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The Justices of the United States Supreme Court are not bound to stay silent – every year the nine justices give speeches and talks across the country. In new research, Christopher Krewson examines the effects these speaking events can have on the public’s opinion of the Court. Through a survey of law students, he finds that respondents’ were more favorable, and felt that the Court was less politicized, following an event with Justice Sotomayor. 

It’s October 5, 2018, and Justices Sonia Sotomayor and Elena Kagan are speaking before an audience of 3,000 Princeton students and alumni. Earlier in the day, the United States Senate had voted to limit debate over Supreme Court nominee Brett M. Kavanaugh and thereby move towards a final vote on his confirmation as soon as the following day. As Senator Flake described a week earlier, the country was “being ripped apart” over the controversy surrounding the nomination. Would Sotomayor and Kagan respond to the elephant in the room?

Of course they did, at least indirectly. In particular, Justice Kagan emphasized the importance of the Court’s “reputation of being fair, of being impartial, of being neutral, and not being simply an extension of the terribly polarized political process and environment that we live in.” The way in which Justice Kagan defended the Court was reminiscent of how Chief Justice Roberts responded to President Trump’s negative characterization of the courts in 2018: “We do not have Obama judges or Trump judges, Bush judges or Clinton judges. What we have is an extraordinary group of dedicated judges.”

Can sitting justices influence public support for the Court as they interact with the public “off the bench”? The potential is there. Data collected from SCOTUS Map reveals that justices often make various types of public appearances throughout the United States. These data aggregated in Figure 1 below, shows that on average the justices make 166 appearances each year. Seventy-five percent of those appearances involve the justices giving some type of public speech.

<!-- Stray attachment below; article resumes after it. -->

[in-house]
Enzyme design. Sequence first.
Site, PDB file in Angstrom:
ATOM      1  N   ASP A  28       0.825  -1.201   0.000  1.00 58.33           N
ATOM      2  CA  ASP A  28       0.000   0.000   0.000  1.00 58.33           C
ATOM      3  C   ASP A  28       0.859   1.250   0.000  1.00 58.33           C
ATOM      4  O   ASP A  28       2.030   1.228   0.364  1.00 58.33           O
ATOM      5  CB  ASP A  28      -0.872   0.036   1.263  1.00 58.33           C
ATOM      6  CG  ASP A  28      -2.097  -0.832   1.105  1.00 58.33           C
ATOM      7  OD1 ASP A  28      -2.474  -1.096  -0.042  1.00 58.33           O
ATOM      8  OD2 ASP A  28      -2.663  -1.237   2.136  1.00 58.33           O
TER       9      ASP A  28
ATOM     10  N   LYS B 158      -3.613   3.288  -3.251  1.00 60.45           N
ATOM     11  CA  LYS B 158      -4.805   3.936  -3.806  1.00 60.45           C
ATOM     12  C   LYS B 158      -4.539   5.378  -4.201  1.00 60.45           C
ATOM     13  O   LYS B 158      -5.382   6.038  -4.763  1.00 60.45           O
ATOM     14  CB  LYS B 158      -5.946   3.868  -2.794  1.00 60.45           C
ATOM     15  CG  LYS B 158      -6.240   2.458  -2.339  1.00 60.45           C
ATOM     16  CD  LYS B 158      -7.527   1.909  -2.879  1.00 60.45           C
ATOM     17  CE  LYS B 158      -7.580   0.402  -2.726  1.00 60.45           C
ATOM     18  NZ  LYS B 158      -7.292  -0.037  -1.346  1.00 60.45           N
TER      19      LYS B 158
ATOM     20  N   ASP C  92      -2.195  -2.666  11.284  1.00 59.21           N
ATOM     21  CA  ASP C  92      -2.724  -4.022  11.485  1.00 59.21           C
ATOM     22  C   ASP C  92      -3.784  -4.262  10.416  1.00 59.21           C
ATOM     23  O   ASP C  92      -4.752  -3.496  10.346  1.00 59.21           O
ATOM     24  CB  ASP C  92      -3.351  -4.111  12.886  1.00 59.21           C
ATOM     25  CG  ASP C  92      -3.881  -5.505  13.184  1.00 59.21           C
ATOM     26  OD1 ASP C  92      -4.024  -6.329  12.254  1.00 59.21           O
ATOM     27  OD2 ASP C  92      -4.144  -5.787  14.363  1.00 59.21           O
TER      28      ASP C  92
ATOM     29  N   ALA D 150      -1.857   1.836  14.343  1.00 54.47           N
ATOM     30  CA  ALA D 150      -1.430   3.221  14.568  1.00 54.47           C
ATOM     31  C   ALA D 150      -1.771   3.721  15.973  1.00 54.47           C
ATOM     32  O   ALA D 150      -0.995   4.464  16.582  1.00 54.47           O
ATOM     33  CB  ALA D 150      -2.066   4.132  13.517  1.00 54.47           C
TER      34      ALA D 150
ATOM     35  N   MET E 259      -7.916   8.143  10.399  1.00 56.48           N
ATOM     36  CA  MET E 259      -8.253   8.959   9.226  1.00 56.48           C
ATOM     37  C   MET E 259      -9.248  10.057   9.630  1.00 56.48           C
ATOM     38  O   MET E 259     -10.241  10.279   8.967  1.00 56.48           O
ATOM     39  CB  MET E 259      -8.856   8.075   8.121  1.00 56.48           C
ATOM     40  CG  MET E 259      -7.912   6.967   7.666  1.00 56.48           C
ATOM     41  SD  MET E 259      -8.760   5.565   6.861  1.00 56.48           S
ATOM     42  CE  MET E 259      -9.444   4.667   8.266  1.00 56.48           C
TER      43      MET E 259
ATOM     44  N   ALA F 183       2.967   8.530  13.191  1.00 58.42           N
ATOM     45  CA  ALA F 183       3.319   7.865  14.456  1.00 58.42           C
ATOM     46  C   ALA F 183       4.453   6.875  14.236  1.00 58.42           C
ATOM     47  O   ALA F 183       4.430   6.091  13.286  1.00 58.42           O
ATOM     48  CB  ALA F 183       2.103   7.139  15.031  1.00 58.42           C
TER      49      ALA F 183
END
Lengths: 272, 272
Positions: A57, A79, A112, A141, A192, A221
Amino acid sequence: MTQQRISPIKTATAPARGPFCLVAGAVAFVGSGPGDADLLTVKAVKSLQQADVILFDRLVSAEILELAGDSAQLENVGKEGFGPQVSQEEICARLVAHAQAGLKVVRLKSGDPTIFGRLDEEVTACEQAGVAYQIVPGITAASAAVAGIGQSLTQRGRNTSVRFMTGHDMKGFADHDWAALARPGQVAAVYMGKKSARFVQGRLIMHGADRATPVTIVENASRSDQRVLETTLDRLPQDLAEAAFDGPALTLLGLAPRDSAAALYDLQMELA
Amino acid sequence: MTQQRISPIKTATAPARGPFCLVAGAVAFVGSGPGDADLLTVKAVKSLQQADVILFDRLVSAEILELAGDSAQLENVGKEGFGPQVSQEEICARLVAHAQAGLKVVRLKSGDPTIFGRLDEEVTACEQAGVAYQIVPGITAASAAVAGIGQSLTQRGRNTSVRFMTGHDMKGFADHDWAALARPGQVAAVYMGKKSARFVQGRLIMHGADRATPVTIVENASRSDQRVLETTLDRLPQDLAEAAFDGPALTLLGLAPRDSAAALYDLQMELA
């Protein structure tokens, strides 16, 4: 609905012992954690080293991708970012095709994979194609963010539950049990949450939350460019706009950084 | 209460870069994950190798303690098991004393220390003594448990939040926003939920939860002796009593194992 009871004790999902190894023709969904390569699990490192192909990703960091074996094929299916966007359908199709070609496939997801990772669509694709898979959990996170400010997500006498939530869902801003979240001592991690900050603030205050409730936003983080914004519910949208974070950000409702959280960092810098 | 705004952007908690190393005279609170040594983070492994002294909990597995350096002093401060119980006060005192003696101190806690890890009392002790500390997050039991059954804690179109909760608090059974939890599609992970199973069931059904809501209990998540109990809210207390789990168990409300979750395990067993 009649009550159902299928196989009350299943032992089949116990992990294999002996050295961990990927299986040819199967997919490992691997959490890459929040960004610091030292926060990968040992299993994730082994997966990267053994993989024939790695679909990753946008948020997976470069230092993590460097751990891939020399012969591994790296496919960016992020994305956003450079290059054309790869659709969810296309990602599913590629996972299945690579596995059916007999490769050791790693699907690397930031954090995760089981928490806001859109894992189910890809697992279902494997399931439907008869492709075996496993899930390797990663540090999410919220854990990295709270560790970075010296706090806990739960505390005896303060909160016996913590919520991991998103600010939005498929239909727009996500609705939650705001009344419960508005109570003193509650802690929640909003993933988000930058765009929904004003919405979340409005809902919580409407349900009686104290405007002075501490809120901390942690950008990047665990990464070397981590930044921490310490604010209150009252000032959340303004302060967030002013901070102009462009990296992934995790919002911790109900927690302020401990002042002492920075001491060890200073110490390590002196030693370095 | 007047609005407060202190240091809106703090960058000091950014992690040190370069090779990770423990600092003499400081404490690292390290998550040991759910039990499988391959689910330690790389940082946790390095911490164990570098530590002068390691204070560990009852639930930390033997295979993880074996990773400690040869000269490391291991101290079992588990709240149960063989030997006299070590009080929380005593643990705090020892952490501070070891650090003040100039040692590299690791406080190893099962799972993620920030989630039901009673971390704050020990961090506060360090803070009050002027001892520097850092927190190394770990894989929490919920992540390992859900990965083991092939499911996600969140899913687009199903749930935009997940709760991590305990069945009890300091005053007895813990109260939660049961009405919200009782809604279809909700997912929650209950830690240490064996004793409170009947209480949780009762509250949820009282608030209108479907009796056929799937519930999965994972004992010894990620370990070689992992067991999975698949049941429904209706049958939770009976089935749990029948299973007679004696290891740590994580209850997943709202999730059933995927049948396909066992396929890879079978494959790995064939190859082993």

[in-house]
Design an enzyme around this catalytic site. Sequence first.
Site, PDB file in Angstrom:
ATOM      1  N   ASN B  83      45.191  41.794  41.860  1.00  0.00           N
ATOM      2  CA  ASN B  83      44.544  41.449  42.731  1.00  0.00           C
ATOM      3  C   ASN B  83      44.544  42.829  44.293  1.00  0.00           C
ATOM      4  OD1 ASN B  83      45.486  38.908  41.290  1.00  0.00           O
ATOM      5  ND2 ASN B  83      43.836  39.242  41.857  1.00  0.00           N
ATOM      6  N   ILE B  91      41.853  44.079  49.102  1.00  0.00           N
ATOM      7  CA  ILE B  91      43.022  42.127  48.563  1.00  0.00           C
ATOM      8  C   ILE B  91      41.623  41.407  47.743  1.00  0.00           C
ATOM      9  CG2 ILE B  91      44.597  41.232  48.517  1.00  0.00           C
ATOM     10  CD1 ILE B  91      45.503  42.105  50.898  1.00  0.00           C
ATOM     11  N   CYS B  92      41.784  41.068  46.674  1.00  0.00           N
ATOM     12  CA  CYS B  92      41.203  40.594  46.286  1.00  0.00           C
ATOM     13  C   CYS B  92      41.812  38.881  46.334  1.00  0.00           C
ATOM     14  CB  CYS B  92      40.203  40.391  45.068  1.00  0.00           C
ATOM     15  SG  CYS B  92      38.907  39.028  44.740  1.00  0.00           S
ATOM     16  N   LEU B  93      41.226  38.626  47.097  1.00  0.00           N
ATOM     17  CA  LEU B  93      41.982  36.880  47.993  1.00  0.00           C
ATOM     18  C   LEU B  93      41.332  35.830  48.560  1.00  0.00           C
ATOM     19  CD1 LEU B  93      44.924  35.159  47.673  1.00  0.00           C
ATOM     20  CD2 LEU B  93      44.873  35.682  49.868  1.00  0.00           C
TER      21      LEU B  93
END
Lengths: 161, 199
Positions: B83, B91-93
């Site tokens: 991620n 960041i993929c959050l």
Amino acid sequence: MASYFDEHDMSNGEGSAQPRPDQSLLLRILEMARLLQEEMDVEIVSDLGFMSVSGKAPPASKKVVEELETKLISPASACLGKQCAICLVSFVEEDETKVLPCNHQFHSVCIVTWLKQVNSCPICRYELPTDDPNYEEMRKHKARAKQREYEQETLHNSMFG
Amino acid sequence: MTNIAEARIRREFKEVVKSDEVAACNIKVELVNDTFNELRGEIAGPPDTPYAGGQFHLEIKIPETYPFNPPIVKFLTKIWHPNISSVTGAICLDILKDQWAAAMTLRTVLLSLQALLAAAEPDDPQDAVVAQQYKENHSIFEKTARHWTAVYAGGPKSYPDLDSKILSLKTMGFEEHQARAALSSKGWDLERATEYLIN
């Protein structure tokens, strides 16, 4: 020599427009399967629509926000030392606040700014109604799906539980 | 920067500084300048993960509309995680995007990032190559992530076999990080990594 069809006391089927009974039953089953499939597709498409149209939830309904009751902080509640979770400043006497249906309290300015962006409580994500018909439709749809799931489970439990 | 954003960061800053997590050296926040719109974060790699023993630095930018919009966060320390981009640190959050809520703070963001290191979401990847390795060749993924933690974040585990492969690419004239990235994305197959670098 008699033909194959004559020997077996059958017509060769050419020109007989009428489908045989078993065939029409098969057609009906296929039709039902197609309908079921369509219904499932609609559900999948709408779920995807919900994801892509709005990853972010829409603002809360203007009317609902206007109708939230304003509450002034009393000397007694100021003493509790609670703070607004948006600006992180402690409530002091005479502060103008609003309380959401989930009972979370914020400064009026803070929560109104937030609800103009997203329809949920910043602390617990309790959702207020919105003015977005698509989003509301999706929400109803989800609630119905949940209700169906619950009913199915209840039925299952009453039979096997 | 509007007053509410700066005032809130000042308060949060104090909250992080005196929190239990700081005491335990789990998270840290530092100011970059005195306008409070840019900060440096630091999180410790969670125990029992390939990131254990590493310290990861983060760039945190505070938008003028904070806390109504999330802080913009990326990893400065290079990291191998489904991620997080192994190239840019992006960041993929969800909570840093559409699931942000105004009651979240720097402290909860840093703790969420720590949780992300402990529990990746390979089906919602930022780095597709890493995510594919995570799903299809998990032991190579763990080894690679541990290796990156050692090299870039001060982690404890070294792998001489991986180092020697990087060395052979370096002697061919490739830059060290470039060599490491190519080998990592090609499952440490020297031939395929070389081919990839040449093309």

Figure 1 – Counts of Off-Bench appearances by year

To understand how justices shape public support for the Court off the bench, I took advantage of Justice Sotomayor’s relatively recent law school visit and speech at the University of Wisconsin-Madison. Specifically, I sent a survey to law students attending the events either shortly before or shortly thereafter. I also sent a survey to online respondents with the same survey questions and I provided some online respondents with a short newspaper article about Sotomayor’s speech to read before answering the questions. By comparing the responses of those exposed to the speech with responses from similar individuals not exposed to the speech, we can understand how judicial speeches shape public support for the Court.

My survey questions covered four different topics: personal favorability, institutional favorability, perceptions of judicial decision-making, and loyalty towards the Court. 

Personal Favorability

Recently, scholars have begun to accept a very simple idea: judges want to be liked and respected by others who are important to them. In other words, not everything a justice does is a calculated, strategic decision to maximize some legal or policy goal. Rather, justices also care about their self-image and seek to cultivate it. To measure personal favorability, respondents rated their favorability towards Justice Sotomayor on a scale from 0-100, with higher values meaning they felt more favorable towards her.

Law students responding after the events rated Justice Sotomayor five points higher on this favorability scale than law students who took the survey before attending. Among online respondents, the difference between those who read and did not read about the speech was sixteen points (an effect three times as large as the effect among law students). Figure 2 below shows these differences in favorability. The points show how much higher those exposed to the speech rated Justice Sotomayor than similar individuals not exposed to the speech. Bars represent ninety-five percent confidence intervals (or estimates of uncertainty).